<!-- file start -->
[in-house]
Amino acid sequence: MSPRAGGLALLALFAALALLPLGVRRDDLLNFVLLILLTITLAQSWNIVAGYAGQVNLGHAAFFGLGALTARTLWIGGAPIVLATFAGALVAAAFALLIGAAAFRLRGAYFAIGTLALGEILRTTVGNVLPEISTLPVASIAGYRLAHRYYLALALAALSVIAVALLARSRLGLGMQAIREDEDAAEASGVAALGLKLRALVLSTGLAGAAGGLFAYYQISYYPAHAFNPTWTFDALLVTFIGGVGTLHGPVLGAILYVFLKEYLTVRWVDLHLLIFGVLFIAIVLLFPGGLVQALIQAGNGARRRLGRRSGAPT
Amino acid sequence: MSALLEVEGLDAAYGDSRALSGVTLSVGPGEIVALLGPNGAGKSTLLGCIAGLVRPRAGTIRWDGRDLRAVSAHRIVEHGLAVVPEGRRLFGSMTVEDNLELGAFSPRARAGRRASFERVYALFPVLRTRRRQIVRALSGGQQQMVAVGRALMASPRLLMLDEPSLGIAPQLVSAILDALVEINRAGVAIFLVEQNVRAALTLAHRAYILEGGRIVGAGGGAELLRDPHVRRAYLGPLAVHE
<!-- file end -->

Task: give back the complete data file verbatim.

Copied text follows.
[in-house]
Amino acid sequence: MSPRAGGLALLALFAALALLPLGVRRDDLLNFVLLILLTITLAQSWNIVAGYAGQVNLGHAAFFGLGALTARTLWIGGAPIVLATFAGALVAAAFALLIGAAAFRLRGAYFAIGTLALGEILRTTVGNVLPEISTLPVASIAGYRLAHRYYLALALAALSVIAVALLARSRLGLGMQAIREDEDAAEASGVAALGLKLRALVLSTGLAGAAGGLFAYYQISYYPAHAFNPTWTFDALLVTFIGGVGTLHGPVLGAILYVFLKEYLTVRWVDLHLLIFGVLFIAIVLLFPGGLVQALIQAGNGARRRLGRRSGAPT
Amino acid sequence: MSALLEVEGLDAAYGDSRALSGVTLSVGPGEIVALLGPNGAGKSTLLGCIAGLVRPRAGTIRWDGRDLRAVSAHRIVEHGLAVVPEGRRLFGSMTVEDNLELGAFSPRARAGRRASFERVYALFPVLRTRRRQIVRALSGGQQQMVAVGRALMASPRLLMLDEPSLGIAPQLVSAILDALVEINRAGVAIFLVEQNVRAALTLAHRAYILEGGRIVGAGGGAELLRDPHVRRAYLGPLAVHE